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4-min read

Nitish's New Conundrum: Ahead of Polls, JDU Begins Hunt for Faces to Fill Prashant Kishor, Pavan Varma's Shoes

It needs to be seen who within the JD(U) will now be in that select group of leaders who Bihar Chief Minister Nitish Kumar trusts blindly.

Prabhakar Kumar | @prabhakarjourno

Updated:February 2, 2020, 11:59 AM IST
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Nitish's New Conundrum: Ahead of Polls, JDU Begins Hunt for Faces to Fill Prashant Kishor, Pavan Varma's Shoes
File photo of Bihar chief minister and JD(U) president Nitish Kumar.

To understand what the sacking of Pavan Varma and Prashant Kishor means for Nitish Kumar-led JD(U), and which party leaders would emerge stronger from this move, one needs to better understand the roles they were playing in the party.

Both these people made lateral entries into the party. Varma, who was India’s ambassador to Bhutan at that time, met Nitish Kumar who was part of a visiting Indian delegation. Kumar was so impressed that he first gave Varma an advisory role and then awarded him with a Rajya Sabha seat. Varma was Kumar’s face in New Delhi. This the crux of Varma’s story.

The more interesting story is about the rise and fall of Prashant Kishor. Based on detailed conversations with the party insiders, this is what we have been able to find about his rise and fall within the party.

When Kishor and his team were hired by the JD(U) in 2015, as was his style, he moved in with his team in the residence of the party leader. Gradually, he became quite close to Kumar and rose to become the party’s vice-president, much to the resentment of other senior leaders who had been with Kumar through thick and thin.

Many leaders within the JD(U) say Kishor caused more resentment within the party ranks through his autocratic way of functioning. He would call senior leaders and tell them how to campaign in their constituencies, which became a cause of irritation to some. They would often complain to Kumar about this ‘outsider’ telling the grass-roots leaders about how to connect with people.

Kumar would mediate and console both the sides, but it would only be a temporary solution, a mere balancing act. The underlying causes did not go away. These party leaders could not openly rebel against the man who otherwise had little support from anyone else in JD(U), who drew his powers from the party president, who used to sit next to the party president in every closed-door meeting.

It was largely understood that Kumar had given Prashant Kishor, who would often make statements against the BJP, a long rope. But when Kumar decided to stick with the BJP and when Amit Shah himself accepted Kumar as their coalition’s chief ministerial face, he really did not want any of his leaders saying anything that would destabilise the coalition. When Kishor kept poking the BJP at various fora, the senior JD(U) leaders again walked up to their party president and told him that Kishor’s statements were spreading confusion within party ranks. They wanted Kishor to be reined in.

But Kishor, who had in the meanwhile found clients in Delhi Chief Minister Arvind Kejriwal and West Bengal Chief Minister Mamata Banerjee, perhaps had a business compulsion to speak against the Citizenship Amendment Act (CAA) and National Registrar of Citizens (NRC). The JD(U)’s position on these issues was clear – the party supported CAA but had some reservations about the NRC. When, despite repeated warnings, Kishor did not stop needling JD(U)’s alliance partner BJP, Kumar finally had to crack the whip and let him go.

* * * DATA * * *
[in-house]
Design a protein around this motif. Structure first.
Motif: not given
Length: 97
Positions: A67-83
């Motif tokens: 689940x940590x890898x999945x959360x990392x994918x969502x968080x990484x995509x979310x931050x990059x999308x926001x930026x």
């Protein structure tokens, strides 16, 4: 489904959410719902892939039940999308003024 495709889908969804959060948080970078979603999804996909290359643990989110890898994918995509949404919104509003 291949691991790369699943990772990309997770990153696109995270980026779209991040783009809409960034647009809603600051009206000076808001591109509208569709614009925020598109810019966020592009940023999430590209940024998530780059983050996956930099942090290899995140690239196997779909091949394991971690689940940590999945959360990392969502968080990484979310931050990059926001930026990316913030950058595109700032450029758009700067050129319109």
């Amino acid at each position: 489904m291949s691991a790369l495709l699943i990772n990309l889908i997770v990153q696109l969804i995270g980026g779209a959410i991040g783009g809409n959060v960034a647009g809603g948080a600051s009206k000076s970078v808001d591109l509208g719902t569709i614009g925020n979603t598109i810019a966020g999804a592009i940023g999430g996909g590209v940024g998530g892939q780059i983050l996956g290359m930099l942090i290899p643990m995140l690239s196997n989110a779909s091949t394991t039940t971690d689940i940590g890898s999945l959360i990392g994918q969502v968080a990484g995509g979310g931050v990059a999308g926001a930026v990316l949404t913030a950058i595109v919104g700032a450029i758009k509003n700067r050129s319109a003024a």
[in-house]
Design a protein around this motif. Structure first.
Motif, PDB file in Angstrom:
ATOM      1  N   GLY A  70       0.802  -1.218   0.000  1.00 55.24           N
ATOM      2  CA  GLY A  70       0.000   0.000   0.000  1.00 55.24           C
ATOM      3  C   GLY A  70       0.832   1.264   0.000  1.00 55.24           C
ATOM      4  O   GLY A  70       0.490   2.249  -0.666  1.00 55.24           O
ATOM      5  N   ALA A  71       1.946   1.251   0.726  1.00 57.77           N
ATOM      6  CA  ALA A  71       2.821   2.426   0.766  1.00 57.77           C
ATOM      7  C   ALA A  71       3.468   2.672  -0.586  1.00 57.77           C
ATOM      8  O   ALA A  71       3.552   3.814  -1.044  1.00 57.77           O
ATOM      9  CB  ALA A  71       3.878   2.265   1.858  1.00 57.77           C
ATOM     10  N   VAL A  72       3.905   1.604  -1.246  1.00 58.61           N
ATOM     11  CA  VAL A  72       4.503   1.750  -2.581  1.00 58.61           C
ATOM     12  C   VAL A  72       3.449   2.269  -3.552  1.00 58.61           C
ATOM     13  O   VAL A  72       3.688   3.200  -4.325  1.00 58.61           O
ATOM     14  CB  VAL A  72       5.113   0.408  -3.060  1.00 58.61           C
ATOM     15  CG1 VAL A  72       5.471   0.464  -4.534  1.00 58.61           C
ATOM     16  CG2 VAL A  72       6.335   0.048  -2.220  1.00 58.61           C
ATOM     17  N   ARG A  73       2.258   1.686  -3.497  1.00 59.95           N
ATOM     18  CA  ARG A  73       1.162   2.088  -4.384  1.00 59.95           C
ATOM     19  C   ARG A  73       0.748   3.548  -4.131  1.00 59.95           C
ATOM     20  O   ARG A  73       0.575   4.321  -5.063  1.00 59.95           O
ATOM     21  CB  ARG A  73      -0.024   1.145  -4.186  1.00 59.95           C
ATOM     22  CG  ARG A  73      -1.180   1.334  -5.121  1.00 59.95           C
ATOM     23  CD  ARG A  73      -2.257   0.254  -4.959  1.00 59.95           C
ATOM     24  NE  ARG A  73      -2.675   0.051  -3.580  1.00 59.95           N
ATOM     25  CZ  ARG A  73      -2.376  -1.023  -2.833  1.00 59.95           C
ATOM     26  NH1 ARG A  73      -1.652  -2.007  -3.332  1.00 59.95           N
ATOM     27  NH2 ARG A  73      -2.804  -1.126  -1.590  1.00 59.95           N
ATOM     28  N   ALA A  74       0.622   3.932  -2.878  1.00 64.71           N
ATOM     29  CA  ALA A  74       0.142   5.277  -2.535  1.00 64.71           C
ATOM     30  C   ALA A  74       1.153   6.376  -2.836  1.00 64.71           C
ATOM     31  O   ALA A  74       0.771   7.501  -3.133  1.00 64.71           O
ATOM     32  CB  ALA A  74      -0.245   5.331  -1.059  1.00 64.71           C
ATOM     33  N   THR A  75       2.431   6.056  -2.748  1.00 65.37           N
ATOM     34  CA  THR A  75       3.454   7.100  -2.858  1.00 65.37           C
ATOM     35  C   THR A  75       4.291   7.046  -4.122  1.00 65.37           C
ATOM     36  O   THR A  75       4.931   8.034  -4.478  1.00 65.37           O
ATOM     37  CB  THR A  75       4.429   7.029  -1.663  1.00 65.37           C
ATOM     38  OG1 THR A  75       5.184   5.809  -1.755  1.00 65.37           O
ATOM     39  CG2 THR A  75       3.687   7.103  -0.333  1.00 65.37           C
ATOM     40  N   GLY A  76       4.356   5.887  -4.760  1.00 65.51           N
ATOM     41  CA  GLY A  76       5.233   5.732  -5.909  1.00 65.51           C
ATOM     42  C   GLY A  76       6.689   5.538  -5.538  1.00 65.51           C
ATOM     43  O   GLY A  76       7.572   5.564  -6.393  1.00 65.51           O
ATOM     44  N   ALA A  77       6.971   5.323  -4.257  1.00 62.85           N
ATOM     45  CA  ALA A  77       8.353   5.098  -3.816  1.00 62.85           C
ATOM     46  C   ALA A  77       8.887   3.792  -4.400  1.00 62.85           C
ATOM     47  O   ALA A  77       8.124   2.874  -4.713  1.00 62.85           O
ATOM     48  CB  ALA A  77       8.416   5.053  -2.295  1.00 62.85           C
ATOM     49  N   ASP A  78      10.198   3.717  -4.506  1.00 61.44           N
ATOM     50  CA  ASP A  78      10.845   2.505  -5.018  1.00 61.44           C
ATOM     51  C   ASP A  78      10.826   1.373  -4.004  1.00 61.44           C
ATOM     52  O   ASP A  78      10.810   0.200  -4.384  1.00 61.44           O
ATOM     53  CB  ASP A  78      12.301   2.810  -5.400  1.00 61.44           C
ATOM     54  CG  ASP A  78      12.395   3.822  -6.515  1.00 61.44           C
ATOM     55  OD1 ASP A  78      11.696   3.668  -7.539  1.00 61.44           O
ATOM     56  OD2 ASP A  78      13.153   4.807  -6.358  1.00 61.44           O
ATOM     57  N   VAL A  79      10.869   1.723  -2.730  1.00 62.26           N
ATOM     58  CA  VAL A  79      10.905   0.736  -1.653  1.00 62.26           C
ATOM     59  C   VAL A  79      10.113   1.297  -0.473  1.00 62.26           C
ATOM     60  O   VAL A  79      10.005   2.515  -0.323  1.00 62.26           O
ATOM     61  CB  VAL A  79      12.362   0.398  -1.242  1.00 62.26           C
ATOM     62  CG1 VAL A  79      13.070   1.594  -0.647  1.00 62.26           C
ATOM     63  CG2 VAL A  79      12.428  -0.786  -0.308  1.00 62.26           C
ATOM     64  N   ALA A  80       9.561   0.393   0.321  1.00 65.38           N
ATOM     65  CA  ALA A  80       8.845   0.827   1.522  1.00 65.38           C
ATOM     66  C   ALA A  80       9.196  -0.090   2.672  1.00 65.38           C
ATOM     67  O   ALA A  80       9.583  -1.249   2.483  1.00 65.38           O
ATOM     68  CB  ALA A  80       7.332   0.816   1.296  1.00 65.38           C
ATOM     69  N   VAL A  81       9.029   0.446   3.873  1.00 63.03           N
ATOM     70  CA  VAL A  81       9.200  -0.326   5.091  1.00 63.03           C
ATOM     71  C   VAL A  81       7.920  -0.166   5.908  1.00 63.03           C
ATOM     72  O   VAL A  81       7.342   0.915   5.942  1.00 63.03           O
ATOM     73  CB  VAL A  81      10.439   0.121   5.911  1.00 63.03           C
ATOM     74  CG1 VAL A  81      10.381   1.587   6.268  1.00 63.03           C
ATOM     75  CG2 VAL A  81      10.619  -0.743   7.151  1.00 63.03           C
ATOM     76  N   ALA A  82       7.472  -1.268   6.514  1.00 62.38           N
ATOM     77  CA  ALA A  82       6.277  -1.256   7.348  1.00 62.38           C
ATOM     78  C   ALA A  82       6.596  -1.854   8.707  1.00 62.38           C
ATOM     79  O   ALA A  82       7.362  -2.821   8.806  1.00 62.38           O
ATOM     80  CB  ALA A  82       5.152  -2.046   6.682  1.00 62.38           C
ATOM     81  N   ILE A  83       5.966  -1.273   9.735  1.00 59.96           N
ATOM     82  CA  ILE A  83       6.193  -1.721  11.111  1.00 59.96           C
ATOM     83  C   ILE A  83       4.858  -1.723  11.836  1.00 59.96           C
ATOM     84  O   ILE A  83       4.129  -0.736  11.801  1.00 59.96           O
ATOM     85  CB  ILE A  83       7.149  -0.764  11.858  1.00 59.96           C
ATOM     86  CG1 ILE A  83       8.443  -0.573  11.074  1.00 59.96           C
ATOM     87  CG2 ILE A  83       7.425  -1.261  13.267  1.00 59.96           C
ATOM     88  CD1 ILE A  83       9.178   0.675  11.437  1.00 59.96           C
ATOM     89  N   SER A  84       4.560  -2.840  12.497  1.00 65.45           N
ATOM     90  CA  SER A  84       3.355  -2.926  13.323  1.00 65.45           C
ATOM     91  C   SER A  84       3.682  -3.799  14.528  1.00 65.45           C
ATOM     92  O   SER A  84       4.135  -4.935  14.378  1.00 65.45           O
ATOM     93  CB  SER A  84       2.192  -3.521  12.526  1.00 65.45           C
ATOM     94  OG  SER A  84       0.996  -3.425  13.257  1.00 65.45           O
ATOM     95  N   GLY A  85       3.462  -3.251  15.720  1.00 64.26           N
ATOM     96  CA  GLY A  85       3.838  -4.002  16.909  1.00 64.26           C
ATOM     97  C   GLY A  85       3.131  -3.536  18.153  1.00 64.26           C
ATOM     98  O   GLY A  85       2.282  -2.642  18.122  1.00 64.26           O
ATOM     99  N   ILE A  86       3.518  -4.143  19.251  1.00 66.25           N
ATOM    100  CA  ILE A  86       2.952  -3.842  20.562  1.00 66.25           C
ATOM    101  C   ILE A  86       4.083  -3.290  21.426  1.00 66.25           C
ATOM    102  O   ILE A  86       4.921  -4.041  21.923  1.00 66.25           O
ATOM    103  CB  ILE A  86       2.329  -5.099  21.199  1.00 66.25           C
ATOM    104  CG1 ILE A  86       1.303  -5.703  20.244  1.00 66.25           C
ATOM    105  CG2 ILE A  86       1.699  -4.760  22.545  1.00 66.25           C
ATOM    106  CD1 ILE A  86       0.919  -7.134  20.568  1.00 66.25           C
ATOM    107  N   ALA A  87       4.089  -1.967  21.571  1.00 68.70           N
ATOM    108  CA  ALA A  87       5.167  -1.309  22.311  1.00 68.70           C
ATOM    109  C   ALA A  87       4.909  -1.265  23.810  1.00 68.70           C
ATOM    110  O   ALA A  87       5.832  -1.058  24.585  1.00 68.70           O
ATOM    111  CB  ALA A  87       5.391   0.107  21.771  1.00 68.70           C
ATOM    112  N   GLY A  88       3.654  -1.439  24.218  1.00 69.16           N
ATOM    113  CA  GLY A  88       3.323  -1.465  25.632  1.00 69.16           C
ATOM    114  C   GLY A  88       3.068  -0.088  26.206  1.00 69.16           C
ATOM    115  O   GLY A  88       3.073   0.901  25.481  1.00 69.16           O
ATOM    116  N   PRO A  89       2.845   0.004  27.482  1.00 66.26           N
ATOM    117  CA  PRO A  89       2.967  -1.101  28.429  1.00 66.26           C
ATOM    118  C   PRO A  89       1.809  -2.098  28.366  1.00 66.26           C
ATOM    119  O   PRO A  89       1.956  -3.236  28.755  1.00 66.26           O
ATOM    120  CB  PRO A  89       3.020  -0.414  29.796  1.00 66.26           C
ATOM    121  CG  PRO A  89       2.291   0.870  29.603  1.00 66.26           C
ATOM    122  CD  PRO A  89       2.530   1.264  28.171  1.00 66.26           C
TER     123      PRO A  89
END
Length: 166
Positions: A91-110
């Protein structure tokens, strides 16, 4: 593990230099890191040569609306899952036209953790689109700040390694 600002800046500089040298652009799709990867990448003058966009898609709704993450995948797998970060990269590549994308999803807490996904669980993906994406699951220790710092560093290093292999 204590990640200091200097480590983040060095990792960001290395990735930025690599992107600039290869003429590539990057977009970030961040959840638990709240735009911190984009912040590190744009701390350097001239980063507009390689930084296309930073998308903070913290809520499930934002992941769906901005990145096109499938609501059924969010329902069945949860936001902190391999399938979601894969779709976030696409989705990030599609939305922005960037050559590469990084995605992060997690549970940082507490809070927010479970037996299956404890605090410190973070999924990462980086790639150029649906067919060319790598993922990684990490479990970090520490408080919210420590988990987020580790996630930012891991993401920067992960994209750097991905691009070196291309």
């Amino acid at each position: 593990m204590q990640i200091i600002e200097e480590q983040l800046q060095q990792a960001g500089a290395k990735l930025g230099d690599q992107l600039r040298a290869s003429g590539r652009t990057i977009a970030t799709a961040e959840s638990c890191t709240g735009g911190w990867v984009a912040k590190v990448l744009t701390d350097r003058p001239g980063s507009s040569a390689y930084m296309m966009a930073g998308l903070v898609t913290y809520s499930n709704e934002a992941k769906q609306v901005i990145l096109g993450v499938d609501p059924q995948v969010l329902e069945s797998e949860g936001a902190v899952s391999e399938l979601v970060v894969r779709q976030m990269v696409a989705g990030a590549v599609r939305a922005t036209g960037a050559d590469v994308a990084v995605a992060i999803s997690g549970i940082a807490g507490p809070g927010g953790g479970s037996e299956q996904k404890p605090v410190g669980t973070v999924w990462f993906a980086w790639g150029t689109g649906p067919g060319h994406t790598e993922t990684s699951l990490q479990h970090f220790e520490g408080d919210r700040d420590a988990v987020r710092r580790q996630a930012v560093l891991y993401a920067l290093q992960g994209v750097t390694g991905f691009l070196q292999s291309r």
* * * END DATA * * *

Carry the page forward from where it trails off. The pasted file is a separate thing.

Now, the only question that remains is, who within the JD(U) will now be in that select group of leaders who Kumar trusts blindly, and who will be active in managing party affairs from campaigning to resources. There are essentially five faces:

RCP Singh

He’s a former bureaucrat from the UP cadre and comes from the same district as Nitish Kumar - Nalanda. He used to be Kumar’s personal secretary when he was union railway minister. Singh managed to impress Kumar so much that the latter persuaded him to leave the service and join the party. He is one of the few leaders who can walk into Kumar’s chambers any time. During his 25-year association with Kumar, he has mostly done the backroom job of managing party affairs. He’s right now a Rajya Sabha member.

Rajiv Ranjan or ‘Lalan Singh’

A bhumihar by caste, Lalan Singh has been Nitish Kumar’s personal aide for three decades and stood by him in his good and bad times. His prowess is in doing fool-proof paperwork, whether it is in furnishing evidence against Lalu Yadav in fodder scam or managing party’s own affairs. He’s Lok Sabha MP from Munger, the constituency adjoining Kumar’s Nalanda.

Sanjay Jha

His is currently the minister for water resources in the state. He was earlier in the BJP. Jha started his career as the representative of Rajiv Pratap Rudy, who was an MP in charge of civil aviation ministry (2003-04). Over time, during his stay in the capital, Sanjay Jha became very close to Arun Jaitley and eventually became the bridge between Jaitley and Kumar. It was because of Sanjay Jha, a Maithili Brahmin, that Kumar would always meet Jaitley at his house for dinner, whenever he visited Delhi.

Ashok Choudhary

The minister for building construction in the state, Ashok Choudhary is the Dalit face of the party. He was Congress’s Bihar president and when he switched over to JD(U) he brought many leaders along with him. He has studied in prestigious western universities and is seen as a progressive.

Vijay Kumar Chaudhary

He is another personal aide of Kumar who enjoys his leaders’ trust due to their long association. He is a Bhumihar and presently the speaker of Bihar assembly.

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